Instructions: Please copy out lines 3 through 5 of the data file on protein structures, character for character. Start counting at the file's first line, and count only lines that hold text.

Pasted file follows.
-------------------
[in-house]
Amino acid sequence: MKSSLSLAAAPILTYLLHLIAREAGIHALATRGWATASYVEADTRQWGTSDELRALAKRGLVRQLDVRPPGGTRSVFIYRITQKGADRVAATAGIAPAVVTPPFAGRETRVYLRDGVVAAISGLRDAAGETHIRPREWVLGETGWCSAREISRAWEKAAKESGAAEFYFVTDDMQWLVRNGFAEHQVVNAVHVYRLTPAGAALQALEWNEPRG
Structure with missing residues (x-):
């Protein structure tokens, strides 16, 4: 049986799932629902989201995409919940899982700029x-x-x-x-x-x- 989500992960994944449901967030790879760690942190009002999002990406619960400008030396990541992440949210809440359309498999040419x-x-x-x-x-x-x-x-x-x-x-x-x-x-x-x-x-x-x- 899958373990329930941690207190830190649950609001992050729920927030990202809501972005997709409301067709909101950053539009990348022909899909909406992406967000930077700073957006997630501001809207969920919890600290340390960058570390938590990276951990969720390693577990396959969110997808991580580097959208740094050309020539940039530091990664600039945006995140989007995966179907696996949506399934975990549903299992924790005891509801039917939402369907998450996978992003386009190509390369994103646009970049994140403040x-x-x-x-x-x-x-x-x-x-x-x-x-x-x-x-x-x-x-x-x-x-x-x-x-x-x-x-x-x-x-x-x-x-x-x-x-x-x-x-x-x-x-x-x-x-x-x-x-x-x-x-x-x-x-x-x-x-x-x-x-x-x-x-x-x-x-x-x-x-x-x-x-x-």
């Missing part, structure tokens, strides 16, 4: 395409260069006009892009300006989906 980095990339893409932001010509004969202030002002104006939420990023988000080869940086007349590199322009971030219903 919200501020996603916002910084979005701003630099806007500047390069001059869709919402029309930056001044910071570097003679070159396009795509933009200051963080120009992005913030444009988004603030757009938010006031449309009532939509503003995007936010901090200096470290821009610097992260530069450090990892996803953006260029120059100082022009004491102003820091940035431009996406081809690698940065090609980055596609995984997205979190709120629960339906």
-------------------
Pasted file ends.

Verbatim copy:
Structure with missing residues (x-):
């Protein structure tokens, strides 16, 4: 049986799932629902989201995409919940899982700029x-x-x-x-x-x- 989500992960994944449901967030790879760690942190009002999002990406619960400008030396990541992440949210809440359309498999040419x-x-x-x-x-x-x-x-x-x-x-x-x-x-x-x-x-x-x- 899958373990329930941690207190830190649950609001992050729920927030990202809501972005997709409301067709909101950053539009990348022909899909909406992406967000930077700073957006997630501001809207969920919890600290340390960058570390938590990276951990969720390693577990396959969110997808991580580097959208740094050309020539940039530091990664600039945006995140989007995966179907696996949506399934975990549903299992924790005891509801039917939402369907998450996978992003386009190509390369994103646009970049994140403040x-x-x-x-x-x-x-x-x-x-x-x-x-x-x-x-x-x-x-x-x-x-x-x-x-x-x-x-x-x-x-x-x-x-x-x-x-x-x-x-x-x-x-x-x-x-x-x-x-x-x-x-x-x-x-x-x-x-x-x-x-x-x-x-x-x-x-x-x-x-x-x-x-x-």
């Missing part, structure tokens, strides 16, 4: 395409260069006009892009300006989906 980095990339893409932001010509004969202030002002104006939420990023988000080869940086007349590199322009971030219903 919200501020996603916002910084979005701003630099806007500047390069001059869709919402029309930056001044910071570097003679070159396009795509933009200051963080120009992005913030444009988004603030757009938010006031449309009532939509503003995007936010901090200096470290821009610097992260530069450090990892996803953006260029120059100082022009004491102003820091940035431009996406081809690698940065090609980055596609995984997205979190709120629960339906």